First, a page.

GAZA CITY, Gaza Strip (AP) - A large, explosive-filled tunnel blew up near soldiers on the Gaza-Israel fence late Thursday, an Israeli military spokeswoman said shortly after the incident.

The explosive-filled tunnel was intended to kill, or to try kidnap soldiers and was one the largest that Israeli forces had seen in years, said Lt. Col. Avital Leibovich in a late-night call with reporters.

"We definitely see it as a very severe event. The amount of explosives were very big," Leibovich said. "A kidnapping attempt is a possibility. Killing soldiers is a possibility."

She said one soldier was lightly wounded and a military vehicle was blown away some 65-feet (20 meters). It was not clear how many soldiers there were; how far they were from the blast, nor how many kilos of explosives were detonated.

The spokeswoman said military officials would convene Friday to discuss their response.

Fighters of the Islamic militant group Hamas, which rules Gaza, claimed responsibility on their website, saying the blast was caused by a roadside bomb.

The Qassam Brigades said the blast came in response to the death of an 11-year-old boy earlier in the evening. A health spokesman, Kamal Mousa, said Humeid Abu-Daqa died after a bullet in the same area hit him.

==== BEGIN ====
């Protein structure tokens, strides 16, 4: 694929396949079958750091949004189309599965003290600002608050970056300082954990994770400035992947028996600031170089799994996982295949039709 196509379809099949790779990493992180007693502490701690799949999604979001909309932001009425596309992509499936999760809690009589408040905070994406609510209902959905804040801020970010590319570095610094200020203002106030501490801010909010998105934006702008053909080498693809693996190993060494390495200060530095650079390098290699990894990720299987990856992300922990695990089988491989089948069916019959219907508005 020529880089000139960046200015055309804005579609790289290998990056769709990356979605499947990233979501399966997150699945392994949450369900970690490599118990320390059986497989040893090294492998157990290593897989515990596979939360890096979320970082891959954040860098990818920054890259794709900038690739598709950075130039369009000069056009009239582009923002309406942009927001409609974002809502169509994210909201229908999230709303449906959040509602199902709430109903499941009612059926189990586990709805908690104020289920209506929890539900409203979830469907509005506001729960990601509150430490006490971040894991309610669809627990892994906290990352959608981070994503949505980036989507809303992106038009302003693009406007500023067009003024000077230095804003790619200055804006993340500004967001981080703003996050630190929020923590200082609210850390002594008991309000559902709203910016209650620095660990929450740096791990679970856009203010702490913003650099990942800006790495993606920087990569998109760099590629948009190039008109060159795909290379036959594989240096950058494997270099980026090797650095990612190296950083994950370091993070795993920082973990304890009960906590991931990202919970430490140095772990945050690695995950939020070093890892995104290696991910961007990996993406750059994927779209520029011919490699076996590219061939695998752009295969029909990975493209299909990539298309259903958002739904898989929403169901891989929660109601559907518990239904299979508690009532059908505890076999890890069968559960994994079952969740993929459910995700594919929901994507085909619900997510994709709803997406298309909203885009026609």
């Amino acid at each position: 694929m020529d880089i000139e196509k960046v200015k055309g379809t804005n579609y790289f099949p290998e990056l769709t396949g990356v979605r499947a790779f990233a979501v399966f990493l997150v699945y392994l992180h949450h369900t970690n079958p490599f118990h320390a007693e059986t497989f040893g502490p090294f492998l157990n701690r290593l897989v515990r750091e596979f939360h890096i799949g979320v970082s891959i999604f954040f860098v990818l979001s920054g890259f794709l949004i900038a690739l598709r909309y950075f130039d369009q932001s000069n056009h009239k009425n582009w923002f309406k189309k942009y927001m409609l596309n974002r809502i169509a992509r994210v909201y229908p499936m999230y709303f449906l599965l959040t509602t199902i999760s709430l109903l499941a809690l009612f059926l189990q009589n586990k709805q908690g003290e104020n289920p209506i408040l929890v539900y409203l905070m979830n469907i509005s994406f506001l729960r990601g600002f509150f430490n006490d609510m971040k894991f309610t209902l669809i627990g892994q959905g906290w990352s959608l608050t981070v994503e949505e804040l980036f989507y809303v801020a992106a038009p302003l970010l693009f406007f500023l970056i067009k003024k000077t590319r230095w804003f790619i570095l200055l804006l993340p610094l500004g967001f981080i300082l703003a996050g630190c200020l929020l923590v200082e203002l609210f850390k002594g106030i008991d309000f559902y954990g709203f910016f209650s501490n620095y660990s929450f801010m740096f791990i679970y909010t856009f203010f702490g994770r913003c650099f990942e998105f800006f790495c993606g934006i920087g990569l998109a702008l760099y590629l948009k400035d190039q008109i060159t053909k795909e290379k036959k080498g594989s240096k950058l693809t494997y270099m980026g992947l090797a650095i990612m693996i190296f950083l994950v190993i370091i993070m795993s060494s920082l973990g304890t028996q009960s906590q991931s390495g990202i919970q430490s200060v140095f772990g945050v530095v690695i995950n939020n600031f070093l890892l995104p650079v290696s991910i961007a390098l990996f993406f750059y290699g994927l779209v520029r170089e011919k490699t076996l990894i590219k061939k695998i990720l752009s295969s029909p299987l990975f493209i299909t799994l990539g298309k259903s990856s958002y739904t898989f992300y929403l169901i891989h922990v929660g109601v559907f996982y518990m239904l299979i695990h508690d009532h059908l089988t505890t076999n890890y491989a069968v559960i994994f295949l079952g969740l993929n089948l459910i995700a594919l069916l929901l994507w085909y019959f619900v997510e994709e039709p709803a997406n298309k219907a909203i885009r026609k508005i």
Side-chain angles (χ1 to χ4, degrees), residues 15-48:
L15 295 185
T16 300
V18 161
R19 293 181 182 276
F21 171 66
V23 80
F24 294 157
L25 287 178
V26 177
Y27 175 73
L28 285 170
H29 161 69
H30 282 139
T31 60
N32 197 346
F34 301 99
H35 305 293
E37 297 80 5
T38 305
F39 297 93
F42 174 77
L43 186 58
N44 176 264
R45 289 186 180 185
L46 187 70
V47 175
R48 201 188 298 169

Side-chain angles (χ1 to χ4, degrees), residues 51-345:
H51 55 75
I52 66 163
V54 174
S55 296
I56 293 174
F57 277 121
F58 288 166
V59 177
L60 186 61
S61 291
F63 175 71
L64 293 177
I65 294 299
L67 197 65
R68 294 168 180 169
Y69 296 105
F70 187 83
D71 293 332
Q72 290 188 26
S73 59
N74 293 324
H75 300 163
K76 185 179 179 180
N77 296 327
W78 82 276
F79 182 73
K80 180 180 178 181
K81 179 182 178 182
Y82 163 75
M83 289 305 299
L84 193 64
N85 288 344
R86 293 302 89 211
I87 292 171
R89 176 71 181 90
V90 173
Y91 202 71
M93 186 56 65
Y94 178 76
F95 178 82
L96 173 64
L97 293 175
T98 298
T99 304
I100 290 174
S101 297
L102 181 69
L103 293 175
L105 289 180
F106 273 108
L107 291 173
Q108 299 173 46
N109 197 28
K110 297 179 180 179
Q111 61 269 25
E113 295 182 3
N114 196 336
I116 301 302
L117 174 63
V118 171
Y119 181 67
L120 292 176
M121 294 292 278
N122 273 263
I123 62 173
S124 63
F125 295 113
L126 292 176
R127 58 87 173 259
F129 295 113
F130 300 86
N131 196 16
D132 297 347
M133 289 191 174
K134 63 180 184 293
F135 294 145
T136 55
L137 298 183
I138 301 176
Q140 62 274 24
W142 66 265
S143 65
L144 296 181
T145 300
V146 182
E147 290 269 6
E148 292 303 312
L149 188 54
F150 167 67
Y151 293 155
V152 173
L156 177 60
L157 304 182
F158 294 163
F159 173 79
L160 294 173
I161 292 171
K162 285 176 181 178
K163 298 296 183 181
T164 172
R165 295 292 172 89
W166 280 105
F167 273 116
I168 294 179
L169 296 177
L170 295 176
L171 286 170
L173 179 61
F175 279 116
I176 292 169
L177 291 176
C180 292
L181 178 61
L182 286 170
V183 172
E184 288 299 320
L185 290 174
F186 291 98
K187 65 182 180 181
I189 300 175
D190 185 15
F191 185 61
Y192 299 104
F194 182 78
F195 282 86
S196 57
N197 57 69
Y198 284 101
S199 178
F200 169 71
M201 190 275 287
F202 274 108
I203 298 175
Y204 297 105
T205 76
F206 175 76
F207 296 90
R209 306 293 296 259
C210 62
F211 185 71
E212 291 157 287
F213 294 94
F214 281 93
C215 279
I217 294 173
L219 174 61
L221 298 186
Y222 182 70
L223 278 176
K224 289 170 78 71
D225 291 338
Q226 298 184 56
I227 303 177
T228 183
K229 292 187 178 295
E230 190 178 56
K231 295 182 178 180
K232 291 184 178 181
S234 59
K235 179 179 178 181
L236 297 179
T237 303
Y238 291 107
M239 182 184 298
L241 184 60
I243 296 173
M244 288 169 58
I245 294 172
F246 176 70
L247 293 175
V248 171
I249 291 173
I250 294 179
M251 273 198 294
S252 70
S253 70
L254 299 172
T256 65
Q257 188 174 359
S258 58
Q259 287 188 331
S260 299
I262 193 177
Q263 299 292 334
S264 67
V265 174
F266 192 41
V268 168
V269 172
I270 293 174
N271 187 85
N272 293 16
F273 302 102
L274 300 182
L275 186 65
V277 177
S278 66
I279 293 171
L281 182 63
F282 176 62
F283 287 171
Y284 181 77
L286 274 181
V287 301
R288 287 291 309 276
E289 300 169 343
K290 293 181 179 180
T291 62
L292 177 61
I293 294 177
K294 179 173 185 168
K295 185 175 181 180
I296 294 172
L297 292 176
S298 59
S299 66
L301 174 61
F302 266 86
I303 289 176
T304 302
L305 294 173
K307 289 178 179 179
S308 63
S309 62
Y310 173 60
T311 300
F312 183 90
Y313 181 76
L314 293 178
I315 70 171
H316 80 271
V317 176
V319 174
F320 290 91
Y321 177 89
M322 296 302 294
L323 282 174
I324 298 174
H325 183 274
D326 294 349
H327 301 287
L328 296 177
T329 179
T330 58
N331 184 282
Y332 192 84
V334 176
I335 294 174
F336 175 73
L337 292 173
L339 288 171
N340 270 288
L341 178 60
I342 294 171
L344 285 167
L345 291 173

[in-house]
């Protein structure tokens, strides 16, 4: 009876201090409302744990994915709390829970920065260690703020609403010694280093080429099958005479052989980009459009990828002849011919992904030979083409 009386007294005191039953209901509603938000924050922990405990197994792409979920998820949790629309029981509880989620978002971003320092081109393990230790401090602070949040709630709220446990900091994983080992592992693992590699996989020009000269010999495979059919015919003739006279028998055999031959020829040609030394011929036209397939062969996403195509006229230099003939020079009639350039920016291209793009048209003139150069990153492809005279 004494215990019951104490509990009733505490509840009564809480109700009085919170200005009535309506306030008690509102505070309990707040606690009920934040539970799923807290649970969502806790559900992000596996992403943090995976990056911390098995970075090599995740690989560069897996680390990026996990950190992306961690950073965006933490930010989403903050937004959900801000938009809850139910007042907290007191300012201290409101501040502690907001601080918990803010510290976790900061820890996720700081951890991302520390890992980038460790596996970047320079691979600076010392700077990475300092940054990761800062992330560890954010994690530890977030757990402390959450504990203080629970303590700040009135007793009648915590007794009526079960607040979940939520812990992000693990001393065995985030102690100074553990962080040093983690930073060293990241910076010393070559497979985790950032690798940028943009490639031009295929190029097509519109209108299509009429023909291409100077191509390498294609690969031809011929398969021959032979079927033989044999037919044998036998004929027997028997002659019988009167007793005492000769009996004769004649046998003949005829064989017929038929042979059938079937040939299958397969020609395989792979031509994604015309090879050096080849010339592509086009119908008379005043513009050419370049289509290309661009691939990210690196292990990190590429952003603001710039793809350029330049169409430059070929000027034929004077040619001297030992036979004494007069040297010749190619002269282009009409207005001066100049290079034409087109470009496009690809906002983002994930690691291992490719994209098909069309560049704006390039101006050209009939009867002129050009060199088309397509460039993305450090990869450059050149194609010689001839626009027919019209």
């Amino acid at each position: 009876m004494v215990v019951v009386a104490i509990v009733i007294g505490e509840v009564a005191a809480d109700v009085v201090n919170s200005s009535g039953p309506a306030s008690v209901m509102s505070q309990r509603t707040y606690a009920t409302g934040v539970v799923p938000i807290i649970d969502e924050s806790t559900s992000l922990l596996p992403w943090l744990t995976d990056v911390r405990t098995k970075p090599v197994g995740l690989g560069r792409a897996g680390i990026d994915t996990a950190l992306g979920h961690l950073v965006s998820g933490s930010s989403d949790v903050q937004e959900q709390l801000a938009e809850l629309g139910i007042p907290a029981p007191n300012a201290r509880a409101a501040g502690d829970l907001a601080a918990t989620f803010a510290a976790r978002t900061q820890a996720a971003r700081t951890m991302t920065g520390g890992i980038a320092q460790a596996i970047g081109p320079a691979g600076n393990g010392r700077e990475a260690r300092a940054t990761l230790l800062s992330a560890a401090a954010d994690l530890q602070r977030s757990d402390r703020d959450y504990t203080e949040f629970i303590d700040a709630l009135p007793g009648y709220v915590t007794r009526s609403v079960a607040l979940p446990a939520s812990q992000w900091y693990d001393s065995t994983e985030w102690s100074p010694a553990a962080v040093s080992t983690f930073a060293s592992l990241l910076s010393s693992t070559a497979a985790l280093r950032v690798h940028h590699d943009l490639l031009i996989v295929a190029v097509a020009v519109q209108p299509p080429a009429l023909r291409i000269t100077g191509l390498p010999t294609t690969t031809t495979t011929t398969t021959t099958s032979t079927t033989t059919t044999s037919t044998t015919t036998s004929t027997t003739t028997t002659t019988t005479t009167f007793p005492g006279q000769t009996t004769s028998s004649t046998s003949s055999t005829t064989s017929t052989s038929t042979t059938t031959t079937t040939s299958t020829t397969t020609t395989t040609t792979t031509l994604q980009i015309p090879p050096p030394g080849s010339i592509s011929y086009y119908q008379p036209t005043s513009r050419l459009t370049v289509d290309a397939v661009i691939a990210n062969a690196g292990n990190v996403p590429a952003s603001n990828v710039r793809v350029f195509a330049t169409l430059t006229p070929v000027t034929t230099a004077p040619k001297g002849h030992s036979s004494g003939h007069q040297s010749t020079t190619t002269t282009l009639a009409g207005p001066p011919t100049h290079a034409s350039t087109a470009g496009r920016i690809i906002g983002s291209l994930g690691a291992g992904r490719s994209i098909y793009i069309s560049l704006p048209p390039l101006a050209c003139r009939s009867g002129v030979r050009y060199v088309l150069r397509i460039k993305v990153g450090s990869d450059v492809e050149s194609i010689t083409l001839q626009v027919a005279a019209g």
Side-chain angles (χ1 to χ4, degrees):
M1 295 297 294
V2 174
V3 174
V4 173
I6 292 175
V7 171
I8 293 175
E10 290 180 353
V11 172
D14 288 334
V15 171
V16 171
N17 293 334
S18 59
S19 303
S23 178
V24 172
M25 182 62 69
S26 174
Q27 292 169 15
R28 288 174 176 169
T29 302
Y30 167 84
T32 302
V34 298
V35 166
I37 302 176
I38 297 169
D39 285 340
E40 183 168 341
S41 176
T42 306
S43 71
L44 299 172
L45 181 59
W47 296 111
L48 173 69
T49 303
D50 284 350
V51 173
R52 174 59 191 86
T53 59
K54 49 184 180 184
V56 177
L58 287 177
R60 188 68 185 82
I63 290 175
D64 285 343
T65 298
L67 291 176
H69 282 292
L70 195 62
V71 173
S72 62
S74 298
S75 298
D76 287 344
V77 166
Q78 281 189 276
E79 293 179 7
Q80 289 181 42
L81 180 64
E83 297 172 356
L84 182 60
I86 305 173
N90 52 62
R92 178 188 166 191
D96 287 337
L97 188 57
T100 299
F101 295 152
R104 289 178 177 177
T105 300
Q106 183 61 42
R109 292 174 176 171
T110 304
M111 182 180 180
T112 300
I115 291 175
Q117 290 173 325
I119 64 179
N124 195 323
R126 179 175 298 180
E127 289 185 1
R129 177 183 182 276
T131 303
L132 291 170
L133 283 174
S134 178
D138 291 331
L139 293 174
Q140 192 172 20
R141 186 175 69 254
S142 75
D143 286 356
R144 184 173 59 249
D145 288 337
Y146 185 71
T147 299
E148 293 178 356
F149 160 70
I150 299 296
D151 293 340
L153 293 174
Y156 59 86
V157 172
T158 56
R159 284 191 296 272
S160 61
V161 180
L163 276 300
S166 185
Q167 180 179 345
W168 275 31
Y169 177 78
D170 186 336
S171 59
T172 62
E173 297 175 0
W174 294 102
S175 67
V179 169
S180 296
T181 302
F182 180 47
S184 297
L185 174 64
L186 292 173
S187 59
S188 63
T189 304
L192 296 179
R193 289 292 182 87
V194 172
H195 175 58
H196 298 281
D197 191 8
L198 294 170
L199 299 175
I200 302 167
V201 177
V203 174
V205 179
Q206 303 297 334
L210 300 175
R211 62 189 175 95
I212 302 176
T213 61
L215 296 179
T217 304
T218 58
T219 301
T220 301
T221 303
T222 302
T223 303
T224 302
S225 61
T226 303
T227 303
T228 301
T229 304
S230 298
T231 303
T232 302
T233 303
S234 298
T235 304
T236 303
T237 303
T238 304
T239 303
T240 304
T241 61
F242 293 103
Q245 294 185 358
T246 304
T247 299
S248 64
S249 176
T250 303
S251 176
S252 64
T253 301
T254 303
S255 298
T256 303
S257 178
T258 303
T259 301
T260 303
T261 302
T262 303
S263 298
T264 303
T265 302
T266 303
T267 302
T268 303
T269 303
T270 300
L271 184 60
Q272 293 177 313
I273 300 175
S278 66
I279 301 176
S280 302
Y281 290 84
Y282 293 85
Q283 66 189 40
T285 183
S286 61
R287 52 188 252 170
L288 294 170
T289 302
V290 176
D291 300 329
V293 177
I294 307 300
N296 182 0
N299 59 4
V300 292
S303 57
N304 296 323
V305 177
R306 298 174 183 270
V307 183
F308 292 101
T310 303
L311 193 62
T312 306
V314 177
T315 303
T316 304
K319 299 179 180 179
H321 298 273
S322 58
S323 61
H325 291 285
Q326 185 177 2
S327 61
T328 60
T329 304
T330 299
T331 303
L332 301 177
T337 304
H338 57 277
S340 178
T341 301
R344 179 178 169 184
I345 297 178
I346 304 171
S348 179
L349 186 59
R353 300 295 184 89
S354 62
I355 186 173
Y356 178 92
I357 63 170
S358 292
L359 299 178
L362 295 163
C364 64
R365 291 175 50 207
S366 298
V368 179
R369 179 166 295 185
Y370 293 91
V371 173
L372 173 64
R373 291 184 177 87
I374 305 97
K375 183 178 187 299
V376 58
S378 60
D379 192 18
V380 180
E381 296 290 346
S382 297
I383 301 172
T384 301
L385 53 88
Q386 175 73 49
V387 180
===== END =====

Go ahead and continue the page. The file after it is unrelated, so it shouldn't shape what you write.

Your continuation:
It was not clear who shot the boy. Palestinian militants and Israeli forces were exchanging fire at the time.

Leibovich said the tunnel was 16-feet (5 meters) wide and 13-feet (4 meters) deep. It wasn't clear how long it was, she said.

The tunnel's mouth ended at the fence near the southeast Gaza village of Farahin, an area where militants have detonated three improvised explosive devices blew up next to soldiers in separate incidences in the past two weeks.

At least one was severely wounded in blast in late October.

Before the blast, Israeli soldiers had entered dozens of meters into Gaza, protected by military helicopters firing a cover of bullets to search for explosives, Leibovich and Palestinian officials said.

The military spokeswoman said the incident occurred after the soldiers withdrew and were doing "technical work" on the border fence.  She said it wasn't clear if somebody detonated the explosives or whether they were accidently triggered.

Copyright 2012 by The Associated Press. All rights reserved. Material may not be redistributed.